- v2 – “devil had already prompted” – John has already mentioned the means through which Judas was tempted in the last chapter. Opportunity for financial advancement was lost when Mary “wasted” it on Jesus’ feet.
- v5 – “An act necessary for comfort and cleanliness for any who have traveled dusty Palestinian roads wearing sandals. Customarily, a host provided guests with water for washing their own feet (Judg. 19:21; Luke 7:44, where the complaint was that Simon had not provided water). Footwashing was regarded as so lowly a task that it could not be required of a Hebrew slave.” Chris Church, “Footwashing,” ed. Chad Brand et al., Holman Illustrated Bible Dictionary (Nashville, TN: Holman Bible Publishers, 2003), 592.
- One could understand Peter’s objection and initial refusal to allow the Son of God to commit such a lowly act. The act of washing feet did not belong to the divine! Jesus, however, tells Peter than there is more at stake here than the current act. This says something about our status with God.
- So, the question becomes, What does Jesus mean when he responds to Peter in v. 8-10? The foot washing is a symbol of what Jesus will accomplish through the cross. A “bath” refers to initial conversion, “foot washing” refers to the need for confession of sin in a believer’s life.
- Jesus now turns this act into a practical teaching regarding service as a display of love to others (11-17). God’s economy is different from our economy. We would not expect a leader to display such lowliness. However, Jesus issues a challenge to his followers, that if he has done something this humble and loving, his followers should do the same for each other.
- v16 – “no servant is greater than his master” – “Self preservation and self-promotion cannot co-exist with a passion for God’s glory…” –William Cook. Jesus Christ Is God (Scotland: Christian Focus, 2016), 203.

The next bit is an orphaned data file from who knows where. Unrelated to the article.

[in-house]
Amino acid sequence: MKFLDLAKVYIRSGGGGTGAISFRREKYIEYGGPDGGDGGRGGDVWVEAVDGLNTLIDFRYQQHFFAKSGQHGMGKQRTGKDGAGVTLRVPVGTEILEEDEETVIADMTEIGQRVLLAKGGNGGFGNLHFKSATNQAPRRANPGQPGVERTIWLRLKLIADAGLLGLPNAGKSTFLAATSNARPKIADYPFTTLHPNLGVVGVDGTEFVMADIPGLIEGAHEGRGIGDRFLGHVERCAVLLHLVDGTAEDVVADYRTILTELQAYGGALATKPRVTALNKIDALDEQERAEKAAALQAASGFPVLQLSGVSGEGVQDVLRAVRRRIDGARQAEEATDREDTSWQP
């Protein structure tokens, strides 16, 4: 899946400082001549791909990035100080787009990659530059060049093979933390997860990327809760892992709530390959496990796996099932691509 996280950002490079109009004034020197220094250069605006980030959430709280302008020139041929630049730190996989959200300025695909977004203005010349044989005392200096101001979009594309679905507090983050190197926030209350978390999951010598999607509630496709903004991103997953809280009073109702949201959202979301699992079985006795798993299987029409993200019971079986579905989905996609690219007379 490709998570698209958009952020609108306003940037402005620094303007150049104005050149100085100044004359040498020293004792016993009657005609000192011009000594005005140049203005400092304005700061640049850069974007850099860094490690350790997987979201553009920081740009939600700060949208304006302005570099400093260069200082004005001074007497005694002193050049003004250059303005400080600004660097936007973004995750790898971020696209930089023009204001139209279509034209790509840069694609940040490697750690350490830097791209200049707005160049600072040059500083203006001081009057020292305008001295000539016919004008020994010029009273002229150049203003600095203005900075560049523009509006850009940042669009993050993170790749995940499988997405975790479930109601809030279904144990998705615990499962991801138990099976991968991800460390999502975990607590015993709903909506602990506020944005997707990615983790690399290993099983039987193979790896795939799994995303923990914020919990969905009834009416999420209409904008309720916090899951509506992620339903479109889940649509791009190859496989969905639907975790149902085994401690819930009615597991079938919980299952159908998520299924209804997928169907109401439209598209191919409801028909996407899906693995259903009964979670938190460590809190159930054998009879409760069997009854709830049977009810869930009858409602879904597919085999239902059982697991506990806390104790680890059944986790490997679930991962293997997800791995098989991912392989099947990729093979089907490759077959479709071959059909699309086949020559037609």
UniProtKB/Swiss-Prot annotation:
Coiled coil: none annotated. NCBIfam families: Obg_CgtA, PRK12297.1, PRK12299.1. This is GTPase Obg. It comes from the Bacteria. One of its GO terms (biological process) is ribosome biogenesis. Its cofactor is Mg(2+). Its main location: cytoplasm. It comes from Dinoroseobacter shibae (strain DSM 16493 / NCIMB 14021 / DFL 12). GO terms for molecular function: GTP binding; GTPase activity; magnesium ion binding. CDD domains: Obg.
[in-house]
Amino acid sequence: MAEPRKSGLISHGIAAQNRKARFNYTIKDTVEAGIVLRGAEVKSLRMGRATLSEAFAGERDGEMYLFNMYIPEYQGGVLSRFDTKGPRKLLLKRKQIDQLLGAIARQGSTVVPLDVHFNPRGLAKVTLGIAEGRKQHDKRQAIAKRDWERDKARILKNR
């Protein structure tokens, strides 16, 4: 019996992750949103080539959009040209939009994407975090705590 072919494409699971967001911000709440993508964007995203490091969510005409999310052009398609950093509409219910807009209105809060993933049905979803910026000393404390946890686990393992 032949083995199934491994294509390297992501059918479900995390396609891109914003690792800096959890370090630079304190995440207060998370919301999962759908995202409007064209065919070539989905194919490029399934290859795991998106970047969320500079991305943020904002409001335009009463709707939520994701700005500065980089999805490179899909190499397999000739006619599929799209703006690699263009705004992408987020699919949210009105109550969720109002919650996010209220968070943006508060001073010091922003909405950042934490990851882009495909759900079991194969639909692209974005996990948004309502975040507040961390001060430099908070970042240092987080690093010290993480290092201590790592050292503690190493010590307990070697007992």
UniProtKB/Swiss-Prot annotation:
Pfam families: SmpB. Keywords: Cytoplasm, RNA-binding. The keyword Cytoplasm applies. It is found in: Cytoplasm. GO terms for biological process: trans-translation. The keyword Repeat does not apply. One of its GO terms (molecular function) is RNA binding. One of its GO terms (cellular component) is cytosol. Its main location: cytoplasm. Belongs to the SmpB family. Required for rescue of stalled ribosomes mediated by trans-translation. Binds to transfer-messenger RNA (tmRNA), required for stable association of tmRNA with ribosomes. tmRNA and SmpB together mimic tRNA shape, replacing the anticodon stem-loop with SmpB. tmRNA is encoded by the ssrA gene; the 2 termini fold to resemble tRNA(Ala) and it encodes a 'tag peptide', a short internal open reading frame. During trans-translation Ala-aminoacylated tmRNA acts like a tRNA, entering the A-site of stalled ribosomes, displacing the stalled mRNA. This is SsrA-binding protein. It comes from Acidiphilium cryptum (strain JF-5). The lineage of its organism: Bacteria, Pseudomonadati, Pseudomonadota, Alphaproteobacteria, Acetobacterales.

- QUES: As a follower of Christ, am I willing to take up a basin and a towel?
Jesus Predicts His Betrayal
18 “I am not referring to all of you; I know those I have chosen. But this is to fulfill this passage of Scripture: ‘He who shared my bread has turned against me.’ 19 “I am telling you now before it happens, so that when it does happen you will believe that I am who I am. 20 Very truly I tell you, whoever accepts anyone I send accepts me; and whoever accepts me accepts the one who sent me.” 21 After he had said this, Jesus was troubled in spirit and testified, “Very truly I tell you, one of you is going to betray me.” 22 His disciples stared at one another, at a loss to know which of them he meant.23 One of them, the disciple whom Jesus loved, was reclining next to him.24 Simon Peter motioned to this disciple and said, “Ask him which one he means.” 25 Leaning back against Jesus, he asked him, “Lord, who is it?” 26 Jesus answered, “It is the one to whom I will give this piece of bread when I have dipped it in the dish.” Then, dipping the piece of bread, he gave it to Judas,the son of Simon Iscariot. 27 As soon as Judas took the bread, Satan entered into him. So Jesus told him, “What you are about to do, do quickly.” 28 But no one at the meal understood why Jesus said this to him. 29 Since Judas had charge of the money, some thought Jesus was telling him to buy what was needed for the festival, or to give something to the poor. 30 As soon as Judas had taken the bread, he went out. And it was night.
- v18 – “I am not referring to all of you” – Referring back to Jesus’ conversation with Peter about being washed in v. 10.
- v18 – The scripture to which Jesus is referring is Psalm 41.9 – “Even my close friend in whom I trusted, who ate my bread, has lifted his heel against me.”
- Note the repeated emphasis on Jesus knowing who would betray him – v. 2, 10-11, 18, 21, 26-27. Jesus didn’t happen upon the cross, It was God’s plan for our redemption.